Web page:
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Brookhaven Town declares Tesla site historic


Tesla_historicsite_broo
Scientist and inventor Nikola Tesla's last remaining laboratory, known as Wardenclyffe, was designed by architect Stanford White and built in 1901. Photo by Erika Karp

May 29, 2014 | 10:28 AM
Nikola Tesla's last remaining laboratory in Shoreham is now a historic landmark in the Town of Brookhaven, more than 40 years after the designation was first recommended to town officials.

The Brookhaven Town Board voted unanimously to designate the nearly 16-acre property, located off Route 25A in Shoreham between Randall Road and Tesla Street, as a historic landmark, following a public hearing on May 22. However, it wasn't the first time it had been considered.

In 1967, a councilman from Shoreham recommended the town declare the property as such, but the application didn't move forward, according to Brookhaven Town Historian Barbara Russell.

Russell added that the historic landmark recommendation was one of the first the town has on record.

"I just think that this recognition is long overdue for Nikola Tesla," Russell said in a phone interview Tuesday.

During the public hearing on May 22, Russell said she wholeheartedly endorsed the designation, as the 1901 laboratory, on a site that is also known as the Wardenclyffe property, is the only remaining Tesla laboratory in the world and was designed by famous architect Stanford White.

White was also the architect behind the Washington Square Arch in Greenwich Village and the second Madison Square Garden in New York City, located at the time on Madison Avenue and East 26th Street.

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Nikola Tesla worked on the Shoreham property in the early 1900s. File photo
Friends of Science East Inc., the not-for-profit that owns and operates the property as The Tesla Science Center at Wardenclyffe, brought forth the application to designate the site as a historic landmark in the town. The group purchased the property in May 2013, after an intense online fundraising campaign, from Agfa-Gevaert Group, a digital imaging systems developer based in Belgium. The not-for-profit had been trying to purchase the site for more than 18 years with the hope of creating a museum there in honor of Tesla, who is credited as a pioneer in radio technology and electricity.

In August 2012, the group raised nearly $1.4 million in an online crowdfunding campaign that went viral after they partnered with artist Matthew Inman, who published a comic titled "Let's Build a Goddamn Tesla Museum," on his blog and comics website "The Oatmeal."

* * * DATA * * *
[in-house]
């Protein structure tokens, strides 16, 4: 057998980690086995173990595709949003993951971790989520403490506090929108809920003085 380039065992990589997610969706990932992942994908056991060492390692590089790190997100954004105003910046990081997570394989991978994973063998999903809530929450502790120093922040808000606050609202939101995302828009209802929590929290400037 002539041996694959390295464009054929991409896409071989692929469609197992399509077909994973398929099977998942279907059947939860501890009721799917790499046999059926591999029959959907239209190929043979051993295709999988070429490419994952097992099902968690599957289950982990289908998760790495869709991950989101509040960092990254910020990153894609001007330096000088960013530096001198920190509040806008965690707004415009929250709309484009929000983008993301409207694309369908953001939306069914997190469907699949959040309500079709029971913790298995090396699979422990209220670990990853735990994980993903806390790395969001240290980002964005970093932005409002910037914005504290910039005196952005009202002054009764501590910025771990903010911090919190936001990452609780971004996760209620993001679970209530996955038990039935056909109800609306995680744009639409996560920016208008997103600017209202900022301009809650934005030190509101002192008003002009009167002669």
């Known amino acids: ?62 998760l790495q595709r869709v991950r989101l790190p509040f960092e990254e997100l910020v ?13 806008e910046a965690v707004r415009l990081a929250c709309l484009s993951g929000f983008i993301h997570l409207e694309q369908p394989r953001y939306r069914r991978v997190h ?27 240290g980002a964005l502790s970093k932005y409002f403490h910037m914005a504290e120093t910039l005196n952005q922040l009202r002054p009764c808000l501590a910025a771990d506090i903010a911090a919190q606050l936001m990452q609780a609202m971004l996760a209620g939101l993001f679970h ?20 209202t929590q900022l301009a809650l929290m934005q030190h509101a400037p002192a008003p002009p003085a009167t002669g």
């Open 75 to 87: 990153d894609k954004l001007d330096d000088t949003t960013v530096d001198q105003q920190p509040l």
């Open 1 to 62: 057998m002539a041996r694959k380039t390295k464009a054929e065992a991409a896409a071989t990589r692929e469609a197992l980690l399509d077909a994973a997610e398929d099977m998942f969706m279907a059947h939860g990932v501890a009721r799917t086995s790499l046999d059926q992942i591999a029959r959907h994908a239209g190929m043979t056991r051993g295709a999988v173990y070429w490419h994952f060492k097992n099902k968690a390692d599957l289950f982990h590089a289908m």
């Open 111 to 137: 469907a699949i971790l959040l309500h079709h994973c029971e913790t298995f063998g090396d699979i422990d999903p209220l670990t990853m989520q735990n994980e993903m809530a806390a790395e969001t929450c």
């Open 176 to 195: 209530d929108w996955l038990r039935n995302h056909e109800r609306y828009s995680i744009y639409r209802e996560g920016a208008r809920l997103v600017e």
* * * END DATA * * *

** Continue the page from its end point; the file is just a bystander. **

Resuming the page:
During the public hearing, Jane Alcorn, president of The Tesla Science Center at Wardenclyffe, said 33,000 people from more than 100 countries donated to the fund.

"Tesla's contributions to our modern world are deserving of acknowledgement and recognition, and designating his laboratory as a historic site is one way of doing that," Alcorn said.

The group's Secretary Neil Baggett, Treasurer Mary Daum and Directors David Madigan and Margaret Foster also spoke in support of the designation at the hearing. The board members said they believe the status would help them when it comes to future state and federal historic designation applications and when applying for grants, as the group does need a lot more money — an estimated $10 million — to create the museum.

The members also say the museum, coupled with a planned walking and biking trail project from the county, would help attract visitors to the eastern end of Brookhaven.

"This 16-acre site will go from a somewhat sad and desolate former factory that was abandoned for some years, to a place that the town can be proud of," Baggett said. "A beautiful place for science and education."

And while the museum may seem like a far-off goal, just a week before the public hearing, Inman was at it again. On the one-year anniversary of when the property was purchased, he published a review of Tesla Motors' new Model S electric car, which utilizes an AC induction motor that Nikola Tesla invented. At the end of his review, he asked Tesla Motors Chief Executive Officer Elon Musk for a favor.

"This is not a demand or an accusation or a plea," Inman wrote. "It's a polite request from a humongous fan. During our initial Tesla Museum fundraiser, you supported the project and donated $2,500. I'm asking you to donate again, but this time donate the full $8 million. I'm asking you to help finish what we started and finally, gracefully, and with unfettered awesomeness, help us build a goddamn Tesla museum."

The next day, Musk responded via Twitter, "@Oatmeal I would be happy to help."

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